Crosshatching is an effective way to create values with lifework. Here is an example of using this technique to suggest depth in a sketch of Yosemite Valley with a Bic ball-point pen. Click on the first image to start a step-by-step slide show.
Block in the positions of major features with a non-photo blue pencil, then lightly with a ball point pen. Start lightly the first lines on the page will most likely be the ones you will want to change the most down the line.
As your drawing begins to take form, increase the pressure of your pen lines. Use a stronger line for foreground elements and let the pen work lighten up as you recede into the background.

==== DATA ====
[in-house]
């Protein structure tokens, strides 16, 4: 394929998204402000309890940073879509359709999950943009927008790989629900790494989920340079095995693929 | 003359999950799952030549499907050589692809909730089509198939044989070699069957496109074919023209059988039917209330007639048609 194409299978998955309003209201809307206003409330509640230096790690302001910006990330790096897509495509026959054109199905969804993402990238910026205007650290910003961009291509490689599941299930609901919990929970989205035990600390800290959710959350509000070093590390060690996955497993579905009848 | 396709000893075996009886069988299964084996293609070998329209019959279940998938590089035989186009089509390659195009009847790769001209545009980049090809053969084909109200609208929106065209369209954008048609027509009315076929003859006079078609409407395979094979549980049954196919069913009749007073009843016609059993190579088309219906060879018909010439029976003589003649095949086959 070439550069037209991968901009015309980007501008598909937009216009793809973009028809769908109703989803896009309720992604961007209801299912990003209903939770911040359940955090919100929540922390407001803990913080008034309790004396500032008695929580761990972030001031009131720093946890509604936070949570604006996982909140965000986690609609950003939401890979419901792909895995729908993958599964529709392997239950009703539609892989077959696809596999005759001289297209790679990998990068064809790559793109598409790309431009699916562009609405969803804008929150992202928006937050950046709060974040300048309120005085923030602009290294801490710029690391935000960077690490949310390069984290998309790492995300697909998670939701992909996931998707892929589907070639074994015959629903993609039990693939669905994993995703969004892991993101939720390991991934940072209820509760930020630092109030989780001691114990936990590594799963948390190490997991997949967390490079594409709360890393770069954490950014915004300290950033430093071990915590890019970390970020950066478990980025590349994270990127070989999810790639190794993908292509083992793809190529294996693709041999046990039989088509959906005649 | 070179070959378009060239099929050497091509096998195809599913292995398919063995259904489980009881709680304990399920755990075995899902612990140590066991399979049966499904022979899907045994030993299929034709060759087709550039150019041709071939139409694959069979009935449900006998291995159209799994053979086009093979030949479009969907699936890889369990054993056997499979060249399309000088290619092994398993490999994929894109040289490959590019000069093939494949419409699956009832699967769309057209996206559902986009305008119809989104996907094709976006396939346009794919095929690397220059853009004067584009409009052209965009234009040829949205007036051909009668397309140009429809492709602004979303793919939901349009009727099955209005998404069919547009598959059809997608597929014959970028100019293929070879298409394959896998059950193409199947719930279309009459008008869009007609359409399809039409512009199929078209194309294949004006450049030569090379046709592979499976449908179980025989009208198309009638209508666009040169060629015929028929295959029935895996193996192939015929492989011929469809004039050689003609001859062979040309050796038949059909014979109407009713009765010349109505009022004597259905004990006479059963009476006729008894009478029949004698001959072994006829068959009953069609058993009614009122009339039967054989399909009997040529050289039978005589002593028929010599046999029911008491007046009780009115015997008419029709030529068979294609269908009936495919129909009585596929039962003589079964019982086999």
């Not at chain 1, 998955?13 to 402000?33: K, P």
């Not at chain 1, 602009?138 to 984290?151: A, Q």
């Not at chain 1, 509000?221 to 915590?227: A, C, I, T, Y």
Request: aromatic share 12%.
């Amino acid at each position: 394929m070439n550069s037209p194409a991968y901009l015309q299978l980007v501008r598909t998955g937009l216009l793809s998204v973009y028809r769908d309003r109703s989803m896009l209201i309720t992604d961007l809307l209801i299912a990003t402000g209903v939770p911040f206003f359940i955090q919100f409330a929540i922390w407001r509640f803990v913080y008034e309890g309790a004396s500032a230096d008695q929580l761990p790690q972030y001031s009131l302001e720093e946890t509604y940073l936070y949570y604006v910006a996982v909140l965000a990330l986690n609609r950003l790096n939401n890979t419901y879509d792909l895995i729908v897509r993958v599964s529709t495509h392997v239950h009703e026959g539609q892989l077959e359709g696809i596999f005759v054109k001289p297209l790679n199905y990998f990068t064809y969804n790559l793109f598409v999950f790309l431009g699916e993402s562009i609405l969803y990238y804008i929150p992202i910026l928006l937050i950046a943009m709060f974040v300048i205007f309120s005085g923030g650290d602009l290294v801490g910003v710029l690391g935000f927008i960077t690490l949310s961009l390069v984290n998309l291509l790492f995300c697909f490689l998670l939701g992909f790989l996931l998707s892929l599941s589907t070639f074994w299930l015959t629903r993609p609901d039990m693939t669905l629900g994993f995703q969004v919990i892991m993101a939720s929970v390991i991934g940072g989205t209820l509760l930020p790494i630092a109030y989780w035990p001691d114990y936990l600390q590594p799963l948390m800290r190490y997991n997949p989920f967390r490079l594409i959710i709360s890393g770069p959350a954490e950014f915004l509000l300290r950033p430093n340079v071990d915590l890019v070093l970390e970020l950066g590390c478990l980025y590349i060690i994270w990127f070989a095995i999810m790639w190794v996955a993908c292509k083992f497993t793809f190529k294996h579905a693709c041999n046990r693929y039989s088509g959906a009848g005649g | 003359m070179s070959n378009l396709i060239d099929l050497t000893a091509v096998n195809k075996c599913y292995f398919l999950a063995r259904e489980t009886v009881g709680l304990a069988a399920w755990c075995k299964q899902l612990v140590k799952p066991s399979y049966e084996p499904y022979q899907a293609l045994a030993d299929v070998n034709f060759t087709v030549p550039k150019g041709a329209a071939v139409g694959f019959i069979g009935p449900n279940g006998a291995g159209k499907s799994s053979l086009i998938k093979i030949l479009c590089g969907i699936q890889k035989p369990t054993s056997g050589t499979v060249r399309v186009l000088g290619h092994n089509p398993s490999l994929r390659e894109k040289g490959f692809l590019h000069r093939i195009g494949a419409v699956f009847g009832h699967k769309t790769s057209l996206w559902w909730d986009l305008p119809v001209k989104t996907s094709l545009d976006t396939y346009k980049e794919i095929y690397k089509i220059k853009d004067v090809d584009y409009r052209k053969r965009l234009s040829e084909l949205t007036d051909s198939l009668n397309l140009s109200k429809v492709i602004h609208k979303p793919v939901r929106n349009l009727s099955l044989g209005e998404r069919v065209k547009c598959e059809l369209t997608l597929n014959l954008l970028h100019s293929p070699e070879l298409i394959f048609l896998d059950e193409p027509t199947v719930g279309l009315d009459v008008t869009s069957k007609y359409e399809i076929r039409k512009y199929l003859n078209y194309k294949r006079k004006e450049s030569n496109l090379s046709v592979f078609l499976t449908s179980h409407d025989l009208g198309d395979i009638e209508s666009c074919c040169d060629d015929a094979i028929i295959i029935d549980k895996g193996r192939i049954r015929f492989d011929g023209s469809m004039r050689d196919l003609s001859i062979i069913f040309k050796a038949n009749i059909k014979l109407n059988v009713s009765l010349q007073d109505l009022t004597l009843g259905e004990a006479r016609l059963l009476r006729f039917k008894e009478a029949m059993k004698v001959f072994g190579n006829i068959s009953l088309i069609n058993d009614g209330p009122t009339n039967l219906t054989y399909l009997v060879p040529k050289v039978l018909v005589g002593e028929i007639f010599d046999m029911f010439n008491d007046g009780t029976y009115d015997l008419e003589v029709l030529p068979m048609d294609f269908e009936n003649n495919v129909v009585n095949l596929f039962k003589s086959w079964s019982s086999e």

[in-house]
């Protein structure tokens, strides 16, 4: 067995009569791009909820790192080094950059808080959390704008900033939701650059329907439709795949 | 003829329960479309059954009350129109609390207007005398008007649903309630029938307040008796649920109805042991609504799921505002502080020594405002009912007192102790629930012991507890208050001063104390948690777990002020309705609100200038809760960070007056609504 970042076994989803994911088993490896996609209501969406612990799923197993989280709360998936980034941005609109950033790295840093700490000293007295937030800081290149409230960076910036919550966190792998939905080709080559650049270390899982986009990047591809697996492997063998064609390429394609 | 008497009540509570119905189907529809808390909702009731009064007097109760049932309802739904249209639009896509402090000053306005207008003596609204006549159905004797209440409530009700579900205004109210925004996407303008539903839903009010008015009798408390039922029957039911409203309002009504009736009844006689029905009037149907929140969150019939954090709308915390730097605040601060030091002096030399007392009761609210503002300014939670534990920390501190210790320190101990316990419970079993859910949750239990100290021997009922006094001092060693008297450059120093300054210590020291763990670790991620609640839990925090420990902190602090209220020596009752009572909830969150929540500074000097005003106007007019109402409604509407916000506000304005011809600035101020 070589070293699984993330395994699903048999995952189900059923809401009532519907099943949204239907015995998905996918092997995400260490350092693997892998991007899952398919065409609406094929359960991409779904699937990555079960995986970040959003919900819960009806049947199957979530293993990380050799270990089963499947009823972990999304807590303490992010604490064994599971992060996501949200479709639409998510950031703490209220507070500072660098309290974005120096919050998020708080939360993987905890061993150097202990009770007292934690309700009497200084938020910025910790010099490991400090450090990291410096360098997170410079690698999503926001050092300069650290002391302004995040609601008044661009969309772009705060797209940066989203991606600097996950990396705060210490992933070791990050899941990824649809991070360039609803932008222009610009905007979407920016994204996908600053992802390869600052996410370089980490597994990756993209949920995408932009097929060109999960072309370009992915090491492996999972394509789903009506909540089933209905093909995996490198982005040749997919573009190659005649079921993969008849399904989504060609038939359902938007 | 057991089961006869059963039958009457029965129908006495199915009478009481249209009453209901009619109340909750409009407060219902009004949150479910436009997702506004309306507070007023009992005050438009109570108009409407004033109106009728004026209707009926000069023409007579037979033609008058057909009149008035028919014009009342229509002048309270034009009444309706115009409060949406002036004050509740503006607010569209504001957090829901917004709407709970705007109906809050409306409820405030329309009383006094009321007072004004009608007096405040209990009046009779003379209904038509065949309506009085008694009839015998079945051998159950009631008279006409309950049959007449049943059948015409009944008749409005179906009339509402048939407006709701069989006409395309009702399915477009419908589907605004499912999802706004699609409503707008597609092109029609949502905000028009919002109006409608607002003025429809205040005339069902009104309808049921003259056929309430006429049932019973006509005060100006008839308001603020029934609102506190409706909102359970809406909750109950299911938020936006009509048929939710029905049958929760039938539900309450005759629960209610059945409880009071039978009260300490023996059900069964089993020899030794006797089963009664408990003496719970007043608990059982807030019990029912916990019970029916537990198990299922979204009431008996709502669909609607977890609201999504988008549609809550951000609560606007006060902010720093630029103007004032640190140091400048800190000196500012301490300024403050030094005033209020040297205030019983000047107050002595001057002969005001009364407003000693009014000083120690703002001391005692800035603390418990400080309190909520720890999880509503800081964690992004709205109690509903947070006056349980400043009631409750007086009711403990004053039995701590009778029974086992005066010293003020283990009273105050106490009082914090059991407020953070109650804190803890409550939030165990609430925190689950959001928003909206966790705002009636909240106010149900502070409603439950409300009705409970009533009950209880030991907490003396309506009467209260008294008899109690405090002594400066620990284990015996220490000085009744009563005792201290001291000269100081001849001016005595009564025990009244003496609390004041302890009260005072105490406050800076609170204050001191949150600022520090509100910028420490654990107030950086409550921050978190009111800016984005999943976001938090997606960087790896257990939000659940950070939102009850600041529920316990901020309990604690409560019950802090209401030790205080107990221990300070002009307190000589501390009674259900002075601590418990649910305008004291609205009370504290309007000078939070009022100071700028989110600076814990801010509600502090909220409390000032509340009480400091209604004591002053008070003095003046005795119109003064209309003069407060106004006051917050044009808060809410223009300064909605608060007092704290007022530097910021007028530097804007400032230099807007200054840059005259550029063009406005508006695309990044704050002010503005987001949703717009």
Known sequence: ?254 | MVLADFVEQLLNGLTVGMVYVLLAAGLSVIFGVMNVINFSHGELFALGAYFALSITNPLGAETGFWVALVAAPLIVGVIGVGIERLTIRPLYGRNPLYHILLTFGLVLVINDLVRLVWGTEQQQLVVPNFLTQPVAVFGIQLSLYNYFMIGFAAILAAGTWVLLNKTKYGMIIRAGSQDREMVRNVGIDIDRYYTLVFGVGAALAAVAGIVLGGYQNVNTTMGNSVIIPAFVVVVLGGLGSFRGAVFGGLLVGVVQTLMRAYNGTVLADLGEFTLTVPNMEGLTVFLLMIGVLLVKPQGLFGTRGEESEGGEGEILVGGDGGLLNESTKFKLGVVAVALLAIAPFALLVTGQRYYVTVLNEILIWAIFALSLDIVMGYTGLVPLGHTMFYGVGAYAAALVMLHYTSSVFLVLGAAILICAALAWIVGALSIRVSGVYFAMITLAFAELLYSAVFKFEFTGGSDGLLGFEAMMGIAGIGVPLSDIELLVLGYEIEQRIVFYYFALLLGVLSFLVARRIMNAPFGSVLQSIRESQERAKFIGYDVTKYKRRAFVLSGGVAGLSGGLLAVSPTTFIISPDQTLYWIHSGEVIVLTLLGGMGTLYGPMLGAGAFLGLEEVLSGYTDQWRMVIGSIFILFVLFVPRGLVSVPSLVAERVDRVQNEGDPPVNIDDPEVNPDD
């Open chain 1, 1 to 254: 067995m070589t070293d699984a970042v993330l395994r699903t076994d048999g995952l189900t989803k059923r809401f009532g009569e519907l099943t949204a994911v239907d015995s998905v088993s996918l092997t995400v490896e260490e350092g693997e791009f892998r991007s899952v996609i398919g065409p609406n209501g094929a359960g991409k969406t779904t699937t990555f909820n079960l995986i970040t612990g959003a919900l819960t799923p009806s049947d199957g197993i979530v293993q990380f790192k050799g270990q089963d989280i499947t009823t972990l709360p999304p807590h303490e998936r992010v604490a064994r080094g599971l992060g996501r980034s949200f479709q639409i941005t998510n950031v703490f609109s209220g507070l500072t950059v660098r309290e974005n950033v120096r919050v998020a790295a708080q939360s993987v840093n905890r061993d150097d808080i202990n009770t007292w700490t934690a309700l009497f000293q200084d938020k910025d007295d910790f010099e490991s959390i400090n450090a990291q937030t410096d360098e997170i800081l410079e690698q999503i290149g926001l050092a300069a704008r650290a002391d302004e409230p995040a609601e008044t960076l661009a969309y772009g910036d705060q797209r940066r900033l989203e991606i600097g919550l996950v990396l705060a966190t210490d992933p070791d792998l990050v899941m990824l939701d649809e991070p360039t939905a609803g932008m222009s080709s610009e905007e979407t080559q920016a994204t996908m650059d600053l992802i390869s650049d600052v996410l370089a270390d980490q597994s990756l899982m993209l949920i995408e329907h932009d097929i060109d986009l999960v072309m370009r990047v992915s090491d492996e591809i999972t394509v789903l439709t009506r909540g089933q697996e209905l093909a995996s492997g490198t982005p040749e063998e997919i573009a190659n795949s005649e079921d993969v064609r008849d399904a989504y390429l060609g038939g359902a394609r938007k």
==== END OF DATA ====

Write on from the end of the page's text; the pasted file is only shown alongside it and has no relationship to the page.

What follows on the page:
Add detail in the foreground mountains. Keep detail to a minimum on distant elements.
Use contour shading to show the planes of the cliffs. Yosemite Valley runs East-West so the North-facing slope is in shadow while the South-facing slope is bathed in sunlight. Note how the pen strokes can suggest the planes of the rock faces. Lighten your strokes as you move to the background elements.
Increase the contrast (difference between light and dark) in the foreground.
Fill in the forest on the valley floor with fast hatched lines.
Cross hatch the diagonal lines with vertical strokes to create shadows on the valley floor and to make the forest feel more like trees. Switch back and forth between this slide and the previous one to see the impact made by this simple step.
Add a few foreground details and make final value adjustments. Remember to keep the strong contrast in the foreground elements.